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Obama’s Private Army Comes To Life
Obama is building a massive army of drones that carry amazingly-lethal chemical weapons and strike from the sky at a moment’s notice. In 2014, the beginnings of as many as 30,000 of these ‘swarming drones’ will be flying over America.
Remember that ‘private army’ he promised he would build when he ran for president in 2008? He is about to fulfill that promise.
The U.S. Department of Defence (DoD) revealed its Unmanned Systems Integrated Roadmap, setting out its technology aims for the next 25 years. Its plans include drone-bombs that can hunt in ‘swarms’ from a mothership.
Unmanned aircraft carrying stronger chemical weapons could also be on the horizon, the U.S. Department of Defence (DoD) revealed in its Unmanned Systems Integrated Roadmap.
While the document sets out plans for unmanned maritime, land and air vehicles, there is a lot of focus on the future capability of controversial drones, which, if the plans come to fruition, could deviate from mission commands set by humans if they spot a better target.
Current drones require intensive manpower on the ground to fly, which is expensive and the DoD plans on cutting costs by letting the machines make more decisions themselves, Live Science reported.
At the moment drones follow precise commands to complete a predetermined step-by-step mission, but the unmanned aircraft of the future could deviate from tasks, informed by ‘laws’ that govern their behavior, laid out in algorithms and machine learning, as well as advanced sensors.
While drones, or unmanned aircraft, currently use GPS to navigate war zones and remote areas, the satellite signals used by the systems can be jammed easily, so the Defence Advanced Research Projects Agency (DARPA) is working on jam-proof ‘inertial guidance systems’.
The DoD’s roadmap also features plans for deadly ‘swarms’ of drone-bombs that are launched from an unmanned ‘mothership’ to circle the skies while a human operator searches for targets for the drones to crash into, guided by the bots’ on-board cameras.
Thanks to the unmanned mothership, the kamikaze drones could have a range of over 250 nautical miles (463km) the roadmap said.
The weapons dropped by more traditional drones are also set to get more deadly under the plans, as researchers are working on ‘energetic nanoparticles’ with a larger surface areas so that the chemicals within the ammunition reach faster and create a more powerful explosion.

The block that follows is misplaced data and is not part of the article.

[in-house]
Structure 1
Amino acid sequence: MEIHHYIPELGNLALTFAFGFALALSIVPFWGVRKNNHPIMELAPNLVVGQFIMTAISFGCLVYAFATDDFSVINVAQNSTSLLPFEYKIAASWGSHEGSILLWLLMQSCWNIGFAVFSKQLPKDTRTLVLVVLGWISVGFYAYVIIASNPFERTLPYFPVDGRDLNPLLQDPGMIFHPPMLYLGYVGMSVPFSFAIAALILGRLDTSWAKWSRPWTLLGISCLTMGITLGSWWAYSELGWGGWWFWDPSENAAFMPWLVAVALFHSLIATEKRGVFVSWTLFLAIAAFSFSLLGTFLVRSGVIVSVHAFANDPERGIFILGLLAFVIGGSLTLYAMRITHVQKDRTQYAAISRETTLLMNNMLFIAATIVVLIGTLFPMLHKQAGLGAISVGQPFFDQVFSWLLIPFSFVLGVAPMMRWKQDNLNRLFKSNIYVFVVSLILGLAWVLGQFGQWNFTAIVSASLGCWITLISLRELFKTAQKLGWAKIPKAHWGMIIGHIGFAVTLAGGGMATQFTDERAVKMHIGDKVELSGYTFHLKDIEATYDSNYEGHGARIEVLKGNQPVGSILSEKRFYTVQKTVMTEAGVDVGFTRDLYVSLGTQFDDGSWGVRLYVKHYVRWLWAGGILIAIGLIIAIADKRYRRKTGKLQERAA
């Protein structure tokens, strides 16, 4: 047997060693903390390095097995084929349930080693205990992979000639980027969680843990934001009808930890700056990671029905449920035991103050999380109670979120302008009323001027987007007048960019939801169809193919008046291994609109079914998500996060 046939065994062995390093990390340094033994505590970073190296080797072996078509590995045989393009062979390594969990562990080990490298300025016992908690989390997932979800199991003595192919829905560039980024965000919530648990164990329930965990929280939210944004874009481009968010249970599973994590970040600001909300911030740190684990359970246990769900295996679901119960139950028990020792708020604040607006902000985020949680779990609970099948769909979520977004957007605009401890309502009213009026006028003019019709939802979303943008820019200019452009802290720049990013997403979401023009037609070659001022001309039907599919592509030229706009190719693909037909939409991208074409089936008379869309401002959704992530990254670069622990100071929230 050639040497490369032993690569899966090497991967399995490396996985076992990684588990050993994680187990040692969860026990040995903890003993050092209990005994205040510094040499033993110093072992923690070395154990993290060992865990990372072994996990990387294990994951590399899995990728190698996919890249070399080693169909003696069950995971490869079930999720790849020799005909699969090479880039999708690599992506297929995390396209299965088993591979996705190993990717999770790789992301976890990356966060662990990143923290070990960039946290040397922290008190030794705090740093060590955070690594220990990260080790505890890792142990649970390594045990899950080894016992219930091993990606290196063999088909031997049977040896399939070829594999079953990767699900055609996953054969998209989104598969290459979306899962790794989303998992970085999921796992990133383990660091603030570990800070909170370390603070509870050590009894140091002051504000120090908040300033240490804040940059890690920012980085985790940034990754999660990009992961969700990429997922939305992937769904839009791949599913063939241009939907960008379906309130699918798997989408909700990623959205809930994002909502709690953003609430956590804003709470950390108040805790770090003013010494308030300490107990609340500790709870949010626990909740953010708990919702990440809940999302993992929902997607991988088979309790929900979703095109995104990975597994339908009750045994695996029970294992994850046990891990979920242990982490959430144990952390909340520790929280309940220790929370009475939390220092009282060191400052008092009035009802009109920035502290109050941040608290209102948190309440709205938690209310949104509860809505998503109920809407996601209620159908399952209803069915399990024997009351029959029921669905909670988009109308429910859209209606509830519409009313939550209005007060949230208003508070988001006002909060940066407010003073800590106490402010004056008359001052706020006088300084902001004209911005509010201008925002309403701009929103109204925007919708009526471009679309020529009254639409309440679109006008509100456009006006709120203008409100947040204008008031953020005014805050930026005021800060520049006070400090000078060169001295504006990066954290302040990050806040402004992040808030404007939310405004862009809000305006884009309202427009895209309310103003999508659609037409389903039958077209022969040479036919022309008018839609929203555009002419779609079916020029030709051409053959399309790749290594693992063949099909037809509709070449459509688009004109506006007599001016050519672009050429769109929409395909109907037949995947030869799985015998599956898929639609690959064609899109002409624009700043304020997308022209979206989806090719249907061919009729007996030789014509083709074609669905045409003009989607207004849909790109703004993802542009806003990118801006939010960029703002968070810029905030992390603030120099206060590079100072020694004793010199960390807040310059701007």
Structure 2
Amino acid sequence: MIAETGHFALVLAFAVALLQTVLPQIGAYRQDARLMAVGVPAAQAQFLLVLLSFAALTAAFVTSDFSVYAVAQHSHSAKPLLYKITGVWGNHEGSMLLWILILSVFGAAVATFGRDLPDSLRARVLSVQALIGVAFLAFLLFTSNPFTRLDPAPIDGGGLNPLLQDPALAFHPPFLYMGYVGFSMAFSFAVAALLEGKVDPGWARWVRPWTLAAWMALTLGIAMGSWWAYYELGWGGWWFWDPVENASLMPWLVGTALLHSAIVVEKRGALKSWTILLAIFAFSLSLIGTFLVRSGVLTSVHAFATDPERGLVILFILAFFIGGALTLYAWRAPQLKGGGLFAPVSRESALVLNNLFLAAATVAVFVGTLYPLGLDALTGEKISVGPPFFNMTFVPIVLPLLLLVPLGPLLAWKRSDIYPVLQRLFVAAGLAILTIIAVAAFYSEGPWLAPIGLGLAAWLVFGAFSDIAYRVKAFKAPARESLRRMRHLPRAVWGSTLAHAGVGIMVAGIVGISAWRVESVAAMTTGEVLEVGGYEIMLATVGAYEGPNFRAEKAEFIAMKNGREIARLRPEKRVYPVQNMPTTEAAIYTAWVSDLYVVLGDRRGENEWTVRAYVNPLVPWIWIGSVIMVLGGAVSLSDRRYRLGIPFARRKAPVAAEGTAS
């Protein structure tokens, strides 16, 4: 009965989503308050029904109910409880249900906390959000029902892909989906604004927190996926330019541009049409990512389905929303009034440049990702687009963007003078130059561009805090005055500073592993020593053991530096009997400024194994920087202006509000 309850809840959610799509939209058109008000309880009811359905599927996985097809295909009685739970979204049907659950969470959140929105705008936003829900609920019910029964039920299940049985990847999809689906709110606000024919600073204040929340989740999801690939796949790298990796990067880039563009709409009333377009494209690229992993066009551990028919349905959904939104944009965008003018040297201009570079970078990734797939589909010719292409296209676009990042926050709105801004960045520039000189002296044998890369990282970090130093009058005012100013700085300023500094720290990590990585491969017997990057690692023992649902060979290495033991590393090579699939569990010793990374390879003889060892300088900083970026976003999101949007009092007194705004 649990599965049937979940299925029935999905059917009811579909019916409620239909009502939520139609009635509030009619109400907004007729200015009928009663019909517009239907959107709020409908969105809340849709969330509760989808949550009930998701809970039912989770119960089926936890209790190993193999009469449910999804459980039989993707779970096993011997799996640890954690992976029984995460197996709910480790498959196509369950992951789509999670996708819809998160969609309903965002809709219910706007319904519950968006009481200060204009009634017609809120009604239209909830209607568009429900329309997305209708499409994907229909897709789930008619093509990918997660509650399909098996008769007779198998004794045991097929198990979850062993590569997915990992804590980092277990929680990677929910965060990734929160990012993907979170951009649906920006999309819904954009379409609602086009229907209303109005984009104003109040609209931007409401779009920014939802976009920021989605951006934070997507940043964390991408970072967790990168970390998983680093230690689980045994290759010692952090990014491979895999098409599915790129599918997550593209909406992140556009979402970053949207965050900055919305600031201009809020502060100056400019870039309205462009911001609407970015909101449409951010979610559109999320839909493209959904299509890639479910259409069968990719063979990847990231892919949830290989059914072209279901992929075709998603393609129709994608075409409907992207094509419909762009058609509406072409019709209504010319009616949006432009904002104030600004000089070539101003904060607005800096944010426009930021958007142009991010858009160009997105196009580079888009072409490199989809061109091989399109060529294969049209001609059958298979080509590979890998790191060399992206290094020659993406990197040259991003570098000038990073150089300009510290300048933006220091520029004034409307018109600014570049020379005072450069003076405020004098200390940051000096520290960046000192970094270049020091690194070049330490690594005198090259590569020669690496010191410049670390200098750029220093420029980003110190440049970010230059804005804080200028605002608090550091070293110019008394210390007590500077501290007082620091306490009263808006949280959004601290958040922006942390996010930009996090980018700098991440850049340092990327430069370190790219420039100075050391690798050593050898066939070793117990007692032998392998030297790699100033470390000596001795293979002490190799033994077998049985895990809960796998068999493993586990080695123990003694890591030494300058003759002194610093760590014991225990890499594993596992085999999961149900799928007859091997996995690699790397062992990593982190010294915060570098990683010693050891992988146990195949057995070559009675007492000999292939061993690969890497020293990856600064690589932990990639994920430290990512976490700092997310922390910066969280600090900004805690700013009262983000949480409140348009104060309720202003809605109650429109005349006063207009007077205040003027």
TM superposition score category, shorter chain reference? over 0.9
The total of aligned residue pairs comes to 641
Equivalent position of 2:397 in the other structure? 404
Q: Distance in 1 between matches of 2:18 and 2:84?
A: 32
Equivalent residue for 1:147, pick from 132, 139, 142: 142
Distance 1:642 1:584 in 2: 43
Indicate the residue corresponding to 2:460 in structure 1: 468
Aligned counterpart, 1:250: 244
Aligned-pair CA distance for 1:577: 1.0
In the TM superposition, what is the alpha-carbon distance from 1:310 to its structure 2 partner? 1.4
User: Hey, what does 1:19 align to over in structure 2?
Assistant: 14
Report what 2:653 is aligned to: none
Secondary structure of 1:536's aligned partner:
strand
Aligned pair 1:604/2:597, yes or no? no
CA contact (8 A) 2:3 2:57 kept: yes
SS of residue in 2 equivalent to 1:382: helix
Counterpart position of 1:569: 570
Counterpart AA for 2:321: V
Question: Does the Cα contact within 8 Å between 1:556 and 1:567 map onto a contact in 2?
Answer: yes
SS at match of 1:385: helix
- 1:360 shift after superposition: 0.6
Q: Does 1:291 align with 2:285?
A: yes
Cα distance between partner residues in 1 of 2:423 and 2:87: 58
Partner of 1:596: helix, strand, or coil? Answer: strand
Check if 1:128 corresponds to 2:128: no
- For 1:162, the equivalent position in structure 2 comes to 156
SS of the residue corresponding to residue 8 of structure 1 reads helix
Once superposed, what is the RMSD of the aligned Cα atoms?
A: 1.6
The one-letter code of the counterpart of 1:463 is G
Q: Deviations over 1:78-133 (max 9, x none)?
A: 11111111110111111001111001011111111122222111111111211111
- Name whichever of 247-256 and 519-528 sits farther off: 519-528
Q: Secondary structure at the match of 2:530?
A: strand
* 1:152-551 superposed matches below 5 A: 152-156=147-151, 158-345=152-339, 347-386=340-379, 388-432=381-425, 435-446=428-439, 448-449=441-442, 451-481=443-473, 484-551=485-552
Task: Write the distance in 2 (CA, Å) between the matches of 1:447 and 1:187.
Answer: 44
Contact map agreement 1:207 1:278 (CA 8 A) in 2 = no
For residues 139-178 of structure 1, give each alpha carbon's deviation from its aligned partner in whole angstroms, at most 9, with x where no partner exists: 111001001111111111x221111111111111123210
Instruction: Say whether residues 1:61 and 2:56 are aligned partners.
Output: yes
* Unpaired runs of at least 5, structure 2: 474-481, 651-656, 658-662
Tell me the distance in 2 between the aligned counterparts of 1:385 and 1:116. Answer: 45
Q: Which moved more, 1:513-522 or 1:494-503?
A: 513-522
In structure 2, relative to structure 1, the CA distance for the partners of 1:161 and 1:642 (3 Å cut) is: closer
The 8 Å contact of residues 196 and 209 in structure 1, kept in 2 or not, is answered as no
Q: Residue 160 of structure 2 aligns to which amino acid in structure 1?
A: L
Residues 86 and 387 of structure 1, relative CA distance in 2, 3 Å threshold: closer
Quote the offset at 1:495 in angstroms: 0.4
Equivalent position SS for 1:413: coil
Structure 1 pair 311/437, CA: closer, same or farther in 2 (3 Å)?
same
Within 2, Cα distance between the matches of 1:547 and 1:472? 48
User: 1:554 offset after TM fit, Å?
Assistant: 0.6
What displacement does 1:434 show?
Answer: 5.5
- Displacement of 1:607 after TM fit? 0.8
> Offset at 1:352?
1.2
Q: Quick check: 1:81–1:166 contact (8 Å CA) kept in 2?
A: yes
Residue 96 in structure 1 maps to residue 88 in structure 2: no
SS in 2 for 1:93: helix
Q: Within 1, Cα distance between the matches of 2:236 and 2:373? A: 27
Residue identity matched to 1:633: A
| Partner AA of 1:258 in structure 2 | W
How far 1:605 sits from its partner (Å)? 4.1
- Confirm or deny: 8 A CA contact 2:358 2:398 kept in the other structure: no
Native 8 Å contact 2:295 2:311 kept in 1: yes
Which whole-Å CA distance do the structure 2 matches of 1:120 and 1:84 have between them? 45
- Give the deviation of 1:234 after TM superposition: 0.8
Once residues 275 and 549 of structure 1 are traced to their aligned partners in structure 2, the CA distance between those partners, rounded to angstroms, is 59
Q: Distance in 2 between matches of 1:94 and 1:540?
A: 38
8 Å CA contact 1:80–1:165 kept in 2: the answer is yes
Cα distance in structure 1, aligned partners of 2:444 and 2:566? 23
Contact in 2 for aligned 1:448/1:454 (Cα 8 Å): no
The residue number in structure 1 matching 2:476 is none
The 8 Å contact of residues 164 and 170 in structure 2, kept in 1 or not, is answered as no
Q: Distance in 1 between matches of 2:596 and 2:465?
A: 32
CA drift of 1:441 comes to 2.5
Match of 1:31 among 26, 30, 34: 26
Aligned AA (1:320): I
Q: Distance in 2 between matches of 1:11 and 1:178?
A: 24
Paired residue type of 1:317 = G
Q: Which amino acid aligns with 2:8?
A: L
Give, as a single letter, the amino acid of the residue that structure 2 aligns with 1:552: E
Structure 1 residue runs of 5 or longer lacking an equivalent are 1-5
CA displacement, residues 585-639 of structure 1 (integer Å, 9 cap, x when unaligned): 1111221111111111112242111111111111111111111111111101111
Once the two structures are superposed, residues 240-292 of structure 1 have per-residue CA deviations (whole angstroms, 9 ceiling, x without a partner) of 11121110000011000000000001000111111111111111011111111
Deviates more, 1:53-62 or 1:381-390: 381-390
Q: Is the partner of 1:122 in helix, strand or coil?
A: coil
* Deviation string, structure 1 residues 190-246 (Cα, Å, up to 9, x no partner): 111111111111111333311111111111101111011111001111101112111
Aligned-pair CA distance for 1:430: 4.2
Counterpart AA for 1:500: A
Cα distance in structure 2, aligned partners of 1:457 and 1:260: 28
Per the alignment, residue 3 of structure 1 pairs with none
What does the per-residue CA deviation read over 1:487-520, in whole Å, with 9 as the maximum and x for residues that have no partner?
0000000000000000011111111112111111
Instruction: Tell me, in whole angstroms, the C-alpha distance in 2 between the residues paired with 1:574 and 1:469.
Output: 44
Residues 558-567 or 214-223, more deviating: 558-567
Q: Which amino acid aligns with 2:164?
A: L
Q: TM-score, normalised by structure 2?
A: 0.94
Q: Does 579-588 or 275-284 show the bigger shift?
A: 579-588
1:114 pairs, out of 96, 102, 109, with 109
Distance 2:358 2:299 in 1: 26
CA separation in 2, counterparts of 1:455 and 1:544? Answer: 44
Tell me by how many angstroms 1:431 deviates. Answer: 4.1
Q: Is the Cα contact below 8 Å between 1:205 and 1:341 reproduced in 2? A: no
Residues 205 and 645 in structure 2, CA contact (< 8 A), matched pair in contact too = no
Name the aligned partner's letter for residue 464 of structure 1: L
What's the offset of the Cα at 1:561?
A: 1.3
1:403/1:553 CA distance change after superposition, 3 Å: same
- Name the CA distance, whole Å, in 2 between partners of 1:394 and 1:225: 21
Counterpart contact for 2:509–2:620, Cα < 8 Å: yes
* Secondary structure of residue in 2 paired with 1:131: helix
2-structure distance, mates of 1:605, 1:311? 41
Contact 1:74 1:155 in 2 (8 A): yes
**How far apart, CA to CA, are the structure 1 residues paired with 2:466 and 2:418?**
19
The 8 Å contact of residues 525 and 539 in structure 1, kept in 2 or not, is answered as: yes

The technologies combined are intended to help the U.S. military be ‘more effective through greater automation and greater performance,’ the report says.
A Dutch designer has penned the Drone Survival Guide, which like bird watching charts, shows the various shapes and sizes of flying objects by their silhouettes.
Ruben Pater’s guide, however, details the differing kinds of flying robots used at war, as well as survival tips of how to hide from them.
The majority of the drones selected for the chart are from NATO member countries, including the UK, France, Germany, U.S. and Canada.
This is because these countries have used drones in wars such as Afghanistan and are also more transparent than some other countries in disclosing information about the robots, such as their wingspan.
It uses a skull icon to show that a drone is used for attack and a little eye to denote a surveillance vehicle.
The chart, which Mr Pater describes as ‘21st century bird watching’ shows the vast array of flying war machines used today from the giant 130ft wingspan of the Global Hawk drone to the petite Parrot AC quadcopter, which measures just 23 inches.
He said: ‘Most drones are used today by military powers for remote-controlled surveillance and attack and their numbers are growing.
‘The Federal Aviation Administration (FAA) predicted in 2012 that within 20 years there could be as many as 30.000 drones flying over U.S. soil alone.
‘As robotic birds will become commonplace in the near future, we should be prepared to identify them. This survival guide is an attempt to familiarise ourselves and future generations, with a changing technological environment.’ source – Daily Mail UK
Story from BEFORE IT’S NEWS